Stereopsis became popular during Victorian times with the invention of the prism sterescope by David Brewster. This, combined with photography, meant that tens of thousands of stereograms were produced.

Until about the 1960s, research into stereosis was dedicated to exploring its limits and its relationship to singleness of vision. Researchers included Panum, Hering, Adelbert Ames Jr., and Kenneth N. Ogle.

Also in the 1960s, Bela Julesz invented random-dot stereograms. Unlike previous stereograms, in which each half image showed recognizable objects, each half image of the first random-dot stereograms showed a square matrix of about 10,000 small dots, with each dot having a 50% probability of being black or white. No recognizable objects could be seen in either half image. The two half images of a random-dot stereogram were essentially identical, except that one had a square area of dots shifted horizontally by one or two dot diameters, giving horizontal disparity. The gap left by the shifting was filled in with new random dots, hiding the shifted square. Nevertheless, when the two half images were viewed one to each eye, the square area was almost immediately visible by being closer or farther than the background. Julesz whimsically called the square a cyclopean stimulus after the mythical Cyclops who had only one eye. This was because it was as though we have a cyclopean eye inside our brains that can see cyclopean stimuli hidden to each of our actual eyes. Random-dot stereograms highlighted a problem for stereopsis, the correspondence problem. This is that any dot in one half image can realistically be paired with many same-coloured dots in the other half image. Our visual systems clearly solve the correspondence problem, in that we see the intended depth instead of a fog of false matches. Research began to understand how.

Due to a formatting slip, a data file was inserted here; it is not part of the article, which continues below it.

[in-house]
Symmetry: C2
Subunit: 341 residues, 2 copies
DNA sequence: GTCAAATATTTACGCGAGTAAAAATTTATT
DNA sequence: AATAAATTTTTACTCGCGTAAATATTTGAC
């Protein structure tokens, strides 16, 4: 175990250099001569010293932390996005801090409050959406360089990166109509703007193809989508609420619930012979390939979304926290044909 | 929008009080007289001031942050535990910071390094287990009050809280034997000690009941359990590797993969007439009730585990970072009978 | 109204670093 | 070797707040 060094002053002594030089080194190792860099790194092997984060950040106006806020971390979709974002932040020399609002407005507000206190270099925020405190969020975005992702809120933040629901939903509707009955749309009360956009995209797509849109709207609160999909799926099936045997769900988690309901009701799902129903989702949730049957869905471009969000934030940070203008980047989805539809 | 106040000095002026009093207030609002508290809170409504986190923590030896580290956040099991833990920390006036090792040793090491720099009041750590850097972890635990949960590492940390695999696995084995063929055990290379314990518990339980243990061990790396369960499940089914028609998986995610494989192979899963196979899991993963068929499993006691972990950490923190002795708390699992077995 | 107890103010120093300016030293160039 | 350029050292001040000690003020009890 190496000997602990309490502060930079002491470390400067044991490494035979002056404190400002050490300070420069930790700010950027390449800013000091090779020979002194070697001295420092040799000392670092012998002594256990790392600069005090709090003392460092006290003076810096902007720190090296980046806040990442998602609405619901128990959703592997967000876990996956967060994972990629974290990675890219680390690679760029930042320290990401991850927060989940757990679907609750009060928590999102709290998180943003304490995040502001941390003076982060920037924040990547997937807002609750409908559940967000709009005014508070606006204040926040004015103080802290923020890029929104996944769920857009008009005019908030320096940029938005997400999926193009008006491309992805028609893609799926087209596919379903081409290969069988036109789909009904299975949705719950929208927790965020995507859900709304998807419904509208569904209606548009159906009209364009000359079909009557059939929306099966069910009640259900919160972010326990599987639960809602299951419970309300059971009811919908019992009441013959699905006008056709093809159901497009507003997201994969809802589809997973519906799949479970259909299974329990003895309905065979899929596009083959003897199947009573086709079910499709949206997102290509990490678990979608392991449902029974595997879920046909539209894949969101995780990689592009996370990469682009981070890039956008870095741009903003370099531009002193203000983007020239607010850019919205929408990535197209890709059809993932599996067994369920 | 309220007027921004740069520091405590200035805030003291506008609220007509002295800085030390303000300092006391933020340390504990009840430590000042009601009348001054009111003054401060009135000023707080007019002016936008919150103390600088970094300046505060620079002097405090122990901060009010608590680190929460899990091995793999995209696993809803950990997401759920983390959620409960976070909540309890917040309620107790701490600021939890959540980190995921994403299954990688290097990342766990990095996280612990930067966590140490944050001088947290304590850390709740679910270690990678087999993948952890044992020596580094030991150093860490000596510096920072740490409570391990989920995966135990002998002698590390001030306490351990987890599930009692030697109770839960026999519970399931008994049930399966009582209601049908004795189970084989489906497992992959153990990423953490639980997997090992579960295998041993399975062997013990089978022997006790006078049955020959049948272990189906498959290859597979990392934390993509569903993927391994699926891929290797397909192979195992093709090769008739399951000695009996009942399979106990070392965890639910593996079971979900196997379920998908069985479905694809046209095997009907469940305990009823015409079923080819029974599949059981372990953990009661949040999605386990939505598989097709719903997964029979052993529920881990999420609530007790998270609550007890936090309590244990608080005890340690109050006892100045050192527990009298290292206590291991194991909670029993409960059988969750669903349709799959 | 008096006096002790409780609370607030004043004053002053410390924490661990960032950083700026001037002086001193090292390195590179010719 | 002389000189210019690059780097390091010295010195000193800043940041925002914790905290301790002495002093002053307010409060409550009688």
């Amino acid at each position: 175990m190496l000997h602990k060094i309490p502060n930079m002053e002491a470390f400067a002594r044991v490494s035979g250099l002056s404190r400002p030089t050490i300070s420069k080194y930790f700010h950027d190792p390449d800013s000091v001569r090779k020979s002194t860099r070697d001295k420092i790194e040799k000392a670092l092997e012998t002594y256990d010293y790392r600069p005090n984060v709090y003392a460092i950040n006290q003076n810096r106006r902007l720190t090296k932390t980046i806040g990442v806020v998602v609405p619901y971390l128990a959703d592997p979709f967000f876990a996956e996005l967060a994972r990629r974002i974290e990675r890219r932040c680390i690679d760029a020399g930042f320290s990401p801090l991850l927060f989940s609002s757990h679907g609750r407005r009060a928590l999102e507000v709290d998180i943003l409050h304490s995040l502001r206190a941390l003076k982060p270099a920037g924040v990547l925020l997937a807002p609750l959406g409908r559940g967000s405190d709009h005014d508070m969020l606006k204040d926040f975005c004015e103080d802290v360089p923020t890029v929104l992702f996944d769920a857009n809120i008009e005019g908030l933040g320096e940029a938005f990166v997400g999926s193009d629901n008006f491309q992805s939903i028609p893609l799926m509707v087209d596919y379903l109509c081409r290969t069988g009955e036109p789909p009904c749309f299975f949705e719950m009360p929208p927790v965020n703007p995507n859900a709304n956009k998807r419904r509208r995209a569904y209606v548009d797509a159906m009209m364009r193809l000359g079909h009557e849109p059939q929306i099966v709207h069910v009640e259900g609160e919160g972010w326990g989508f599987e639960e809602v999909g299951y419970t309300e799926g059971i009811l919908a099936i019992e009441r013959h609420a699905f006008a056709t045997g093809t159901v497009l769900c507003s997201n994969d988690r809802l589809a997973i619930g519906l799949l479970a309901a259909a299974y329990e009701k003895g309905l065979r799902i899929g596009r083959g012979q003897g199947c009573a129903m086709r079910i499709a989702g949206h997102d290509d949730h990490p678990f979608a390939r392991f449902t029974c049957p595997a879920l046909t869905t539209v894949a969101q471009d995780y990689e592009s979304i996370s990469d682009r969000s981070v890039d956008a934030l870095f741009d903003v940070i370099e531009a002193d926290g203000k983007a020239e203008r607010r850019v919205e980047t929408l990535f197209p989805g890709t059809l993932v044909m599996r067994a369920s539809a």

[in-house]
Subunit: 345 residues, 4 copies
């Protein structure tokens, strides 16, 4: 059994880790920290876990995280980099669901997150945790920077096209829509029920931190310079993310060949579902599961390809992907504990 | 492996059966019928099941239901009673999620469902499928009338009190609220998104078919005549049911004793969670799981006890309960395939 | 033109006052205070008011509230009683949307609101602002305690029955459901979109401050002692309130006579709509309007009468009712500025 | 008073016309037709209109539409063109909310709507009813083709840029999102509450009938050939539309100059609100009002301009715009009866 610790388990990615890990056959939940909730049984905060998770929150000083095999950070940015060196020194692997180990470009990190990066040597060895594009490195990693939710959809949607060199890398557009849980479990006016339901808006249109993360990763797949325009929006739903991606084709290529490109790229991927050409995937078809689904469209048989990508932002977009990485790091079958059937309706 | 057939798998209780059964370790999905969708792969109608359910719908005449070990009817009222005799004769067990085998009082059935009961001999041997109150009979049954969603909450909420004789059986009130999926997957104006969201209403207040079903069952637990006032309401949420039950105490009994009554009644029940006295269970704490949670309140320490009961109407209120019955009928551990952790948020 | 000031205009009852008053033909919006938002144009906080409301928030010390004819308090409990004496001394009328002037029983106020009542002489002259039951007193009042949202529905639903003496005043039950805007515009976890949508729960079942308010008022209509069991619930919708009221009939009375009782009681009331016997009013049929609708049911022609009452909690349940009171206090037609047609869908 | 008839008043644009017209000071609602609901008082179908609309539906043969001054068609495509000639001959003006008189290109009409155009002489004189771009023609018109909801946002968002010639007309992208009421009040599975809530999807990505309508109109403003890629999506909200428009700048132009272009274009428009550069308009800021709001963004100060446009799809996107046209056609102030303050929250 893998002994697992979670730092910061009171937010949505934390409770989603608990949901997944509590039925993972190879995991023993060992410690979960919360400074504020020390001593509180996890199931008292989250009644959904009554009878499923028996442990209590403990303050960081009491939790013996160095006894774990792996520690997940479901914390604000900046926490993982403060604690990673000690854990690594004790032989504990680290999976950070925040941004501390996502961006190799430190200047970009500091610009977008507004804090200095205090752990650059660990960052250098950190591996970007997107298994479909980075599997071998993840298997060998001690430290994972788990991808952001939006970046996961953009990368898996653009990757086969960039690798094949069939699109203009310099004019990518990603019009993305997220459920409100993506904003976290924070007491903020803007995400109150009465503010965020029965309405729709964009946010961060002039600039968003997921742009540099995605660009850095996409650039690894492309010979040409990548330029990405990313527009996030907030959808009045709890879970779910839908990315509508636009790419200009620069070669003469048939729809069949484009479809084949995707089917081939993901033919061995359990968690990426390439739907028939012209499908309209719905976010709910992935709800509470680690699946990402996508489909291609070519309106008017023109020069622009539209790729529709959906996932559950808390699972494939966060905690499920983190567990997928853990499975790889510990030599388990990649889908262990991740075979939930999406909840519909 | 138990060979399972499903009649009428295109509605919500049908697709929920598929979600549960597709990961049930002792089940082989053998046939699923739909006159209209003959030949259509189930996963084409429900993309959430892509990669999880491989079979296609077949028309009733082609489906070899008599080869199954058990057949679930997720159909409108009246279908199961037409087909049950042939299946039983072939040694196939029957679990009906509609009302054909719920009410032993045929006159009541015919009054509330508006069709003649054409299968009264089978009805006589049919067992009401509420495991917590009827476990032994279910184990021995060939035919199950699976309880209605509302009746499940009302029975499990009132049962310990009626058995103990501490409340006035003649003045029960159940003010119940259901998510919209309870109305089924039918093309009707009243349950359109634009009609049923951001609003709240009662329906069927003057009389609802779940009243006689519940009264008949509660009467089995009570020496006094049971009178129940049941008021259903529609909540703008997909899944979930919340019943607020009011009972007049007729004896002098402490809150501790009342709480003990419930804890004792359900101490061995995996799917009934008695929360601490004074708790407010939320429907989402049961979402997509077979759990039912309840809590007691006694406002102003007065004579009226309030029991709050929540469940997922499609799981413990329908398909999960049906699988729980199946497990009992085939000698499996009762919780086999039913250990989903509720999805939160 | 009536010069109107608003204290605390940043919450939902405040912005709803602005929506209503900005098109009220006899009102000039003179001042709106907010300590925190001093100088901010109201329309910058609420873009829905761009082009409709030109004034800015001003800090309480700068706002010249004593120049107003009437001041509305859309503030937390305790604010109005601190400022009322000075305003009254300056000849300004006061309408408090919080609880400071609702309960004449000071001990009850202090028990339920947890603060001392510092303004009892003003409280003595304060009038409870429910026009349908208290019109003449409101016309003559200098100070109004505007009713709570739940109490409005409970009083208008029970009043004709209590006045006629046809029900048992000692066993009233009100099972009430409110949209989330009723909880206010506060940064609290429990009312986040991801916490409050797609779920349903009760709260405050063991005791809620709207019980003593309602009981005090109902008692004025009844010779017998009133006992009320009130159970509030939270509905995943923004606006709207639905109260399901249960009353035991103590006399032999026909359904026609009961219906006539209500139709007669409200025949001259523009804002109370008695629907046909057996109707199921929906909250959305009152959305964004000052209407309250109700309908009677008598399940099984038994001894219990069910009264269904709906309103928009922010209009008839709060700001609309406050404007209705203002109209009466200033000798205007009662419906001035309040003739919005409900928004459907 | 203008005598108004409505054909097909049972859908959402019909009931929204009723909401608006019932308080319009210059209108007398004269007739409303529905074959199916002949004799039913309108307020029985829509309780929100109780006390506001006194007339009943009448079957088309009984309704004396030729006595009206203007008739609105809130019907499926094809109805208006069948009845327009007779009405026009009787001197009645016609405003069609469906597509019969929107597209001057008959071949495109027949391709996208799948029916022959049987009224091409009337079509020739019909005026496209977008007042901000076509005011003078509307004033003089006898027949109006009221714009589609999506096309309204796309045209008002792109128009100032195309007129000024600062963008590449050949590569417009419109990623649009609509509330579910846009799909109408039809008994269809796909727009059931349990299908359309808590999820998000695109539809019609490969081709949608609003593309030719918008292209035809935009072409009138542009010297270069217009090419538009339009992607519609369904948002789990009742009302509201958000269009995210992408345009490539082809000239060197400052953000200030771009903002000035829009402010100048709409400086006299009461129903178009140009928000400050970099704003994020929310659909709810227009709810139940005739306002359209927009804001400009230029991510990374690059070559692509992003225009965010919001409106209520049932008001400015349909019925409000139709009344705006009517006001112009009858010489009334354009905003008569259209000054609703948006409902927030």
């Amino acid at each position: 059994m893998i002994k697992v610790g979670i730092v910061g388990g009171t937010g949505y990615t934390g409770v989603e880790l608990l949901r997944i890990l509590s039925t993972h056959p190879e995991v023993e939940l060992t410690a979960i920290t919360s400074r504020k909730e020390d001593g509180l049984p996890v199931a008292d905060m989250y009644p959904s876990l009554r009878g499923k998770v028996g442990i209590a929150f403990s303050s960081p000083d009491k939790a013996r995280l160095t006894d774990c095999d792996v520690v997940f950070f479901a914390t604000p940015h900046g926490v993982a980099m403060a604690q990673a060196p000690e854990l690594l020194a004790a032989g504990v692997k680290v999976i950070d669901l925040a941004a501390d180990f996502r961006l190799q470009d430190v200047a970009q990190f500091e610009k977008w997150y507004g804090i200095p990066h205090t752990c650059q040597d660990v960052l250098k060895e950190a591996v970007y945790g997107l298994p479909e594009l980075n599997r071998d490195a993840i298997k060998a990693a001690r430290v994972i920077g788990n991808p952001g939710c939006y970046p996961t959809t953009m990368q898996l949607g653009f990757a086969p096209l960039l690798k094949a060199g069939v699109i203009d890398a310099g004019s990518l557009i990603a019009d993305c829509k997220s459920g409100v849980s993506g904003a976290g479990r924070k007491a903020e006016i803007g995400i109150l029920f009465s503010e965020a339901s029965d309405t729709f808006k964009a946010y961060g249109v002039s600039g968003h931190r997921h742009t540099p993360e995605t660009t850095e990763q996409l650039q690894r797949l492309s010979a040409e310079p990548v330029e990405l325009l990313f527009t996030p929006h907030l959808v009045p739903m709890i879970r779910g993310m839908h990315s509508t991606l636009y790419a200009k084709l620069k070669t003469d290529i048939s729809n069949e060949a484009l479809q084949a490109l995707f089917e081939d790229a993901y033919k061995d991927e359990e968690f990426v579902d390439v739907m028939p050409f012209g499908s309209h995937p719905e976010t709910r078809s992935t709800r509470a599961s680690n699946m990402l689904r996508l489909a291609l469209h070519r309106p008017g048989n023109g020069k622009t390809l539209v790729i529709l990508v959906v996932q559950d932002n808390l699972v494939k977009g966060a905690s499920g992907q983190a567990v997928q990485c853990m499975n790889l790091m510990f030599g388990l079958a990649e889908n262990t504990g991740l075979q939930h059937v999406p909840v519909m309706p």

Also in the 1960s, Horace Barlow, Colin Blakemore, and Jack Pettigrew found neurons in the cat visual cortex that had their receptive fields in different horizontal positions in the two eyes. This established the neural basis for stereopsis. Their findings were disputed by David Hubel and Torsten Wiesel, although they eventually conceded when they found similar neurons in the monkey visual cortex. In the 1980s, Gian Poggio and others found neurons in V2 of the monkey brain that responded to the depth of random-dot stereograms.